Build More Organic Internet And Stand Up To Corporations

Build More Organic Internet And Stand Up To Corporations

 August 27, 2022      

Internet access has become such a necessary tool for participating in society Organic. That it has been declare a human right by the UN. Alas, it is a human right not grant to 60% of the world’s population.

To bridge this gap, big corporations such as Facebook or Google portray. Themselves not only as service providers, but also as internet providers. Facebook, for example offers free internet access in disadvantaged areas of India. Or at least access to a small part of the internet. Considered basic (including access to Facebook, of course).

At the same time, Facebook has the ambition to connect the world. To understand intelligence and make intelligent machines, and even to cure all diseases in our children’s lifetime.

The platform is making a new map of everyone in the world. While experimenting with the possibility of manipulating people’s feelings through the curation of their news feeds.

Towards An Organic Internet

In a previous article, I described community networks that provide alternative networking solutions to megaprojects such as Facebook’s free basics. Offering internet access to refugees or communities outside the reach of traditional internet service providers.

These DIY networks could be seen as organic, they are created by local communities. Reflect local culture, and the data they use can be generated and consumed in the same place. DIY networks can also bring people together, face-to-face, instead of keeping them online all the time.

Artists and activists have been experimenting with different types of networks. Such as Library Box, an e-book sharing network, and the Can you hear me? installation of temporary antennas pointing to the US embassy in Berlin, broadcasting anonymous messages from nearby pedestrians.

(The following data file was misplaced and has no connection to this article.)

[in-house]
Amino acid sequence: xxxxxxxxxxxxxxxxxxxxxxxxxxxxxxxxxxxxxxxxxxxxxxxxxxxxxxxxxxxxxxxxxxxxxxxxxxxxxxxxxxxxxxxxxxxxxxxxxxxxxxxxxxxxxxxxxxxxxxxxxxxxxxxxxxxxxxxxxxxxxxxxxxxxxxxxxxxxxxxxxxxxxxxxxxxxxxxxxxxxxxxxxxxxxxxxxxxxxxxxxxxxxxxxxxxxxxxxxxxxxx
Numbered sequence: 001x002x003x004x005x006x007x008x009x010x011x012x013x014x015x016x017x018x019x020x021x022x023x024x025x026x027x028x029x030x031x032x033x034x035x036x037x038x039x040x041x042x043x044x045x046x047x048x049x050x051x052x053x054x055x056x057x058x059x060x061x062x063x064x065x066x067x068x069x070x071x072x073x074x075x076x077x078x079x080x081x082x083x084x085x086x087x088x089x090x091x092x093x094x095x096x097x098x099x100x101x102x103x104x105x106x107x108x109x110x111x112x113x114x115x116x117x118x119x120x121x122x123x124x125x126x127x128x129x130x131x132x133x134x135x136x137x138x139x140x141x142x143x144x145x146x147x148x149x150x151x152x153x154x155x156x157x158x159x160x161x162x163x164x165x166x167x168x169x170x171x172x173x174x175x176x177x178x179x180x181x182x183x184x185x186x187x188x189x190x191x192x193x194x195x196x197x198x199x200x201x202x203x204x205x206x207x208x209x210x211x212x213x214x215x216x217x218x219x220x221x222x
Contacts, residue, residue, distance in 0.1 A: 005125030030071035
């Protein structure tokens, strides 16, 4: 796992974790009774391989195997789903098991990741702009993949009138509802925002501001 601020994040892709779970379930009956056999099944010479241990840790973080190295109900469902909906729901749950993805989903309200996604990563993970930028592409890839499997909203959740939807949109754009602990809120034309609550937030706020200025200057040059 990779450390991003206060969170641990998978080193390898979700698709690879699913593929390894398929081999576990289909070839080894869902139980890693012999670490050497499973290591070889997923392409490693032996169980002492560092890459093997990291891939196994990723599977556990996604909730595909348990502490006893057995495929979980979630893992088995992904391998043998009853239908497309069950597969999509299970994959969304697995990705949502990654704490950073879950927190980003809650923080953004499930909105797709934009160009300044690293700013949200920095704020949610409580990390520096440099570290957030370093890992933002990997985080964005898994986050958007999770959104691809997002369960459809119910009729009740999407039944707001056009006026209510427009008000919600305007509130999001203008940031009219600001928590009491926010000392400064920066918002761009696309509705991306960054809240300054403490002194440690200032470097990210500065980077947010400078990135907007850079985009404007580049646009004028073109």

Yet we need to explore the important reasons why such networks should also be promote. As infrastructure for hosting local services, built and used by local communities.

The Prinzessinnengarten in Berlin is a good example of a place where DIY networks design to operate outside the internet.

Neighborhood Academy Organic

Activists from the Neighborhood Academy have create a place inside the garden that aims to transfer the principles of organic and collaborative farming to the realm of networking.

The Neighbourhood Academy is a self-organised open platform for sharing knowledge, culture and activism. Its founders, Marco Clausen, Elizabeth Calderón Lüning, Åsa Sonjasdotter and the Foundation Anstiftung came up with the idea of a local wifi network accessible only inside the garden.

They collaborate with the Design Research Lab to build the organic internet, a local network attach to a physical construction, Die Laube (The Arbor), which hosts workshops, seminars and assemblies.

The founders wanted a way to record and share all the information exchanged during the gatherings of different activists, artists, architects and researchers from different fields and parts of the world who attended the academy. The local DIY networks make the productions available to those, and only those, physically present within the garden space, and the digital space becomes an integral part of the garden’s identity.